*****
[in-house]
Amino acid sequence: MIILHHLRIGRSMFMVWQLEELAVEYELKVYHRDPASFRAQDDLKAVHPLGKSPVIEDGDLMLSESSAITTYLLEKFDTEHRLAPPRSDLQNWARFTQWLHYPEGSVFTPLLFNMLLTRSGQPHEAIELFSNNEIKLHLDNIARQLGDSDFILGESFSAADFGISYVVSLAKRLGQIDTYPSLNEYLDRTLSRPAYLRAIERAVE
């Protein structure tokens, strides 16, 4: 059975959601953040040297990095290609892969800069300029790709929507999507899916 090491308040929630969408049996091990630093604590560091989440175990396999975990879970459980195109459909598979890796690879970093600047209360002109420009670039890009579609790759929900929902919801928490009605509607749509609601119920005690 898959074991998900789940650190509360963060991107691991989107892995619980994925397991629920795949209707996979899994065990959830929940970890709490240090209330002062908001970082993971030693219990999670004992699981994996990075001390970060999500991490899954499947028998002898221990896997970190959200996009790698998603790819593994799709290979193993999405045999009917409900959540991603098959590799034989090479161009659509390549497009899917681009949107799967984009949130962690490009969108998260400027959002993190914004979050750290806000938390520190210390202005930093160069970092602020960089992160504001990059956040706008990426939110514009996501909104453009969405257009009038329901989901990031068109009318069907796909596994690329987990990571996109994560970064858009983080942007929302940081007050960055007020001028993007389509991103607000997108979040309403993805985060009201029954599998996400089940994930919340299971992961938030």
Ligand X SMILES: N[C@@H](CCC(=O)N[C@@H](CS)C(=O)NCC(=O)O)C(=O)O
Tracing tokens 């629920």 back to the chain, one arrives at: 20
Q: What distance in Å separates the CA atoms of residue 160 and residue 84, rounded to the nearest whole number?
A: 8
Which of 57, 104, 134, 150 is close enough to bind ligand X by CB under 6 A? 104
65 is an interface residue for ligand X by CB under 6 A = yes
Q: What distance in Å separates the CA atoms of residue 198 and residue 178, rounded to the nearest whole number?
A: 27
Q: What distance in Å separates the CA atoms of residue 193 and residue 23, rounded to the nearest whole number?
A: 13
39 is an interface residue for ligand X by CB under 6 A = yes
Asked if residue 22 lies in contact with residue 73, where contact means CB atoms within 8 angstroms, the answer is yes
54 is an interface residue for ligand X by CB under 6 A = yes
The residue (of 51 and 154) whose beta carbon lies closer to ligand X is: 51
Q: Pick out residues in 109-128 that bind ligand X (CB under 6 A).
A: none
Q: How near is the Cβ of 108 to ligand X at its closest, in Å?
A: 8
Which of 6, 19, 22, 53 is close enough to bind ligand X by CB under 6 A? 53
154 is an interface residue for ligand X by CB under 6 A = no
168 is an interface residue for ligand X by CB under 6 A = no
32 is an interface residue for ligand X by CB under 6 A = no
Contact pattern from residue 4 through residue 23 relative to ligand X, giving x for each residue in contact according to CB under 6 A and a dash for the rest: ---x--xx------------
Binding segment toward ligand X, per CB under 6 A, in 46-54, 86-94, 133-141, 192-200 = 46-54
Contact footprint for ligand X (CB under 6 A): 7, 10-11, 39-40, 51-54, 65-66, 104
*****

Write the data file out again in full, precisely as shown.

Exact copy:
[in-house]
Amino acid sequence: MIILHHLRIGRSMFMVWQLEELAVEYELKVYHRDPASFRAQDDLKAVHPLGKSPVIEDGDLMLSESSAITTYLLEKFDTEHRLAPPRSDLQNWARFTQWLHYPEGSVFTPLLFNMLLTRSGQPHEAIELFSNNEIKLHLDNIARQLGDSDFILGESFSAADFGISYVVSLAKRLGQIDTYPSLNEYLDRTLSRPAYLRAIERAVE
């Protein structure tokens, strides 16, 4: 059975959601953040040297990095290609892969800069300029790709929507999507899916 090491308040929630969408049996091990630093604590560091989440175990396999975990879970459980195109459909598979890796690879970093600047209360002109420009670039890009579609790759929900929902919801928490009605509607749509609601119920005690 898959074991998900789940650190509360963060991107691991989107892995619980994925397991629920795949209707996979899994065990959830929940970890709490240090209330002062908001970082993971030693219990999670004992699981994996990075001390970060999500991490899954499947028998002898221990896997970190959200996009790698998603790819593994799709290979193993999405045999009917409900959540991603098959590799034989090479161009659509390549497009899917681009949107799967984009949130962690490009969108998260400027959002993190914004979050750290806000938390520190210390202005930093160069970092602020960089992160504001990059956040706008990426939110514009996501909104453009969405257009009038329901989901990031068109009318069907796909596994690329987990990571996109994560970064858009983080942007929302940081007050960055007020001028993007389509991103607000997108979040309403993805985060009201029954599998996400089940994930919340299971992961938030």
Ligand X SMILES: N[C@@H](CCC(=O)N[C@@H](CS)C(=O)NCC(=O)O)C(=O)O
Tracing tokens 């629920």 back to the chain, one arrives at: 20
Q: What distance in Å separates the CA atoms of residue 160 and residue 84, rounded to the nearest whole number?
A: 8
Which of 57, 104, 134, 150 is close enough to bind ligand X by CB under 6 A? 104
65 is an interface residue for ligand X by CB under 6 A = yes
Q: What distance in Å separates the CA atoms of residue 198 and residue 178, rounded to the nearest whole number?
A: 27
Q: What distance in Å separates the CA atoms of residue 193 and residue 23, rounded to the nearest whole number?
A: 13
39 is an interface residue for ligand X by CB under 6 A = yes
Asked if residue 22 lies in contact with residue 73, where contact means CB atoms within 8 angstroms, the answer is yes
54 is an interface residue for ligand X by CB under 6 A = yes
The residue (of 51 and 154) whose beta carbon lies closer to ligand X is: 51
Q: Pick out residues in 109-128 that bind ligand X (CB under 6 A).
A: none
Q: How near is the Cβ of 108 to ligand X at its closest, in Å?
A: 8
Which of 6, 19, 22, 53 is close enough to bind ligand X by CB under 6 A? 53
154 is an interface residue for ligand X by CB under 6 A = no
168 is an interface residue for ligand X by CB under 6 A = no
32 is an interface residue for ligand X by CB under 6 A = no
Contact pattern from residue 4 through residue 23 relative to ligand X, giving x for each residue in contact according to CB under 6 A and a dash for the rest: ---x--xx------------
Binding segment toward ligand X, per CB under 6 A, in 46-54, 86-94, 133-141, 192-200 = 46-54
Contact footprint for ligand X (CB under 6 A): 7, 10-11, 39-40, 51-54, 65-66, 104